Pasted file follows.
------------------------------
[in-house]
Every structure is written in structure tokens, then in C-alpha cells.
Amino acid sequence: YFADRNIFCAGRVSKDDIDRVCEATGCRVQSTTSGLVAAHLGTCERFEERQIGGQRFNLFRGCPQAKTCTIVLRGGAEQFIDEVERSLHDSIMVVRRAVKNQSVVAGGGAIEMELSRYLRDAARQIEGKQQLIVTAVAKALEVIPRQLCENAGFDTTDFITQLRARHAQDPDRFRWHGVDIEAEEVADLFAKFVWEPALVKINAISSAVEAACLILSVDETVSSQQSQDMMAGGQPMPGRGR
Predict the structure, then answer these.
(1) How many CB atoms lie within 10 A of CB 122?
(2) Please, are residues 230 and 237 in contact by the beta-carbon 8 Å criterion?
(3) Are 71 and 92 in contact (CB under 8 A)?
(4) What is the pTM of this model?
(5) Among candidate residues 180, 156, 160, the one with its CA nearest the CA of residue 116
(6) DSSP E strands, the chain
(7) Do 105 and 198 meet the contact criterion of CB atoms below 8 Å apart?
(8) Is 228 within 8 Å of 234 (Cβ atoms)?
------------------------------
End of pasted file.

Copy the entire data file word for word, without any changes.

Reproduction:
[in-house]
Every structure is written in structure tokens, then in C-alpha cells.
Amino acid sequence: YFADRNIFCAGRVSKDDIDRVCEATGCRVQSTTSGLVAAHLGTCERFEERQIGGQRFNLFRGCPQAKTCTIVLRGGAEQFIDEVERSLHDSIMVVRRAVKNQSVVAGGGAIEMELSRYLRDAARQIEGKQQLIVTAVAKALEVIPRQLCENAGFDTTDFITQLRARHAQDPDRFRWHGVDIEAEEVADLFAKFVWEPALVKINAISSAVEAACLILSVDETVSSQQSQDMMAGGQPMPGRGR
Predict the structure, then answer these.
(1) How many CB atoms lie within 10 A of CB 122?
(2) Please, are residues 230 and 237 in contact by the beta-carbon 8 Å criterion?
(3) Are 71 and 92 in contact (CB under 8 A)?
(4) What is the pTM of this model?
(5) Among candidate residues 180, 156, 160, the one with its CA nearest the CA of residue 116
(6) DSSP E strands, the chain
(7) Do 105 and 198 meet the contact criterion of CB atoms below 8 Å apart?
(8) Is 228 within 8 Å of 234 (Cβ atoms)?